Here’s what I know. Most Sabbath School ministry members receive zero to little training over the course of years. Our teachers and leaders are doing the best they can. Many get little support from their pastors. While the budget for training is nil, often our churches find funds to bring in a guest speaker or singer for the main service. Where is the funding for training our people?

This is not a blanket indictment against our pastors. I have worked with many wonderful, committed pastors who are vitally invested in their church’s Sabbath School ministry. I applaud them and wish that more would adopt their level of commitment to this vital ministry.

We need the leaders of our church, from the General Conference down, to really appreciate this ministry. We need the best minds to invest in reviving this ministry throughout our denomination. We need pastors with an appreciation of the role Sabbath School can play in the discipleship and growth of their congregations.

Beyond pastoral support, we need our conference Sabbath School departments to implement regular, systematic, high-quality training. I have been fortunate to work with many conference leaders who want to do all they can to provide resources to the local churches. What would help would be a concerted effort that is well thought out.

On many occasions, I have been privileged to have a front-row seat to seeing Sabbath School done right. I have experienced the ‘aha’ moments that make learning enjoyable. I have witnessed Bible truths being revealed and new concepts of righteous living being expounded – all through the mechanism of Sabbath School.

I have seen children, youth, and adults engaged in meaningful Bible study discussions through the efforts of dedicated teachers who volunteer their time every week, teaching the ways of God and love of Jesus. But they need help.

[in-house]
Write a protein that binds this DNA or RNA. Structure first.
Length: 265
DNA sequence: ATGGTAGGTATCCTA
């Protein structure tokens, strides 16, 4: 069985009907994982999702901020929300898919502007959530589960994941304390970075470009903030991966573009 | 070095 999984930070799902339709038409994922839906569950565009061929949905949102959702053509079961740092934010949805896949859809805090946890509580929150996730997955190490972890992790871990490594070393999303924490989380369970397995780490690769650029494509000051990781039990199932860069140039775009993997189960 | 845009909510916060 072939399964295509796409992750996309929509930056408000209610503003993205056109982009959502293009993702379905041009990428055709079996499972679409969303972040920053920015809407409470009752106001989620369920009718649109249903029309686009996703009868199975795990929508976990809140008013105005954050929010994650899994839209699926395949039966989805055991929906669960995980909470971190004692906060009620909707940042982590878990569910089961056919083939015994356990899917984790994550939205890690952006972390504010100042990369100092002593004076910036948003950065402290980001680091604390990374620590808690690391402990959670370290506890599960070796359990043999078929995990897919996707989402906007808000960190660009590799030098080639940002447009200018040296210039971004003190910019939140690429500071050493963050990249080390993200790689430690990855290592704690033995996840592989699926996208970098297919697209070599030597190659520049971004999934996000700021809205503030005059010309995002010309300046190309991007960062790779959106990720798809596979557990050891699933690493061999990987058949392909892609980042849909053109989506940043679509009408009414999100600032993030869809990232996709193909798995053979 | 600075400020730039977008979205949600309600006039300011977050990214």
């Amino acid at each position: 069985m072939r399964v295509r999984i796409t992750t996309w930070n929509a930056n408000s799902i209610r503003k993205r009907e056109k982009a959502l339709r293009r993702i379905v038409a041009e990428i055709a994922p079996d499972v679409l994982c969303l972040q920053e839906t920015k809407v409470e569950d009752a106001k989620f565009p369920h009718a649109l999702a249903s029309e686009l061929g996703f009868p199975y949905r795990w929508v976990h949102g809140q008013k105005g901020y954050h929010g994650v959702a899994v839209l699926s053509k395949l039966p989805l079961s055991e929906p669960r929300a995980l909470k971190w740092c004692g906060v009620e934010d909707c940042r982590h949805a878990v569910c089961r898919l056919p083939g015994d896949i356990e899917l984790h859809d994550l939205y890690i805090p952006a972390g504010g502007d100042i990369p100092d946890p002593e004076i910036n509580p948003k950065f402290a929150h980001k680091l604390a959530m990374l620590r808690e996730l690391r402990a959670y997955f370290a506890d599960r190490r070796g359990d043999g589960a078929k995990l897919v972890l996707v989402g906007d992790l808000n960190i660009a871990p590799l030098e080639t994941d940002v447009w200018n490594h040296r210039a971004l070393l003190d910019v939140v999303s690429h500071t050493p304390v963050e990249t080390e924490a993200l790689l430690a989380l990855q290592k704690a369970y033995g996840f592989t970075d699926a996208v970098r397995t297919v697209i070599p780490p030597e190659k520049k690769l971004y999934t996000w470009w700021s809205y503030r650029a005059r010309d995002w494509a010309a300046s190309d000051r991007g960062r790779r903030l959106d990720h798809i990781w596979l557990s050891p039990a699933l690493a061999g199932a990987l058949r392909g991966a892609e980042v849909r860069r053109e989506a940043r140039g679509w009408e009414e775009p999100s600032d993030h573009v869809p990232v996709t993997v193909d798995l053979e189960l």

Will this be another year where everything but corporate Bible study is tried? Or will this be the year that our churches realize the value of the Bible study foundation we are built on and continue that building process through the mechanism of Sabbath School?

The answer will be shown on what we emphasize. If the goal of the church is just to be good neighbors in our communities, nothing will change. If the goal of the church is to have the highest level of oratorical skills behind our pulpits, or the best music each Sabbath, nothing will change. If our goal is to be a place for fun and good clean diversions from the evils of society, nothing will change.

Our goals must be higher. Numbers are important but not everything. Our mission is to make disciples of Jesus Christ.

My prayer is that when we look back on 2017, we will have seen a shift in emphasis back towards the Bible. And Sabbath School is the church’s mechanism for that.

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Hugs From Heaven
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I love giving and receiving bear hugs at church. Of course I realize not everyone does, so if you’d rather have a hand shake that’s fine, and if you’d rather, a fist pump will do too, especially if you think you have a cold. If you would rather not touch at all, I am happy to just smile and wave at you. With my Christian sisters I accept sideways hugs, so as not to misconstrue the intent of the hug. Of course some of the old-fashioned elderly ladies have no concept of a sideways hug, and just give me a huge bear hug as though I was their son, and so I graciously just grin and “bear” their big bear hugs. I know their motives are pure.

Some people are afraid to hug or touch others, for fear of it being misinterpreted, and that is exactly what Satan wants! Satan knows how important appropriate hugs and touching are to one’s physical and emotional health. In Matthew 8:2-3 Jesus heals a man’s leprosy by saying “I will, be thou clean.” But He touched the man in order to heal his loneliness. Of course we should only touch people who want to be touched, and only the appropriate ways I already described.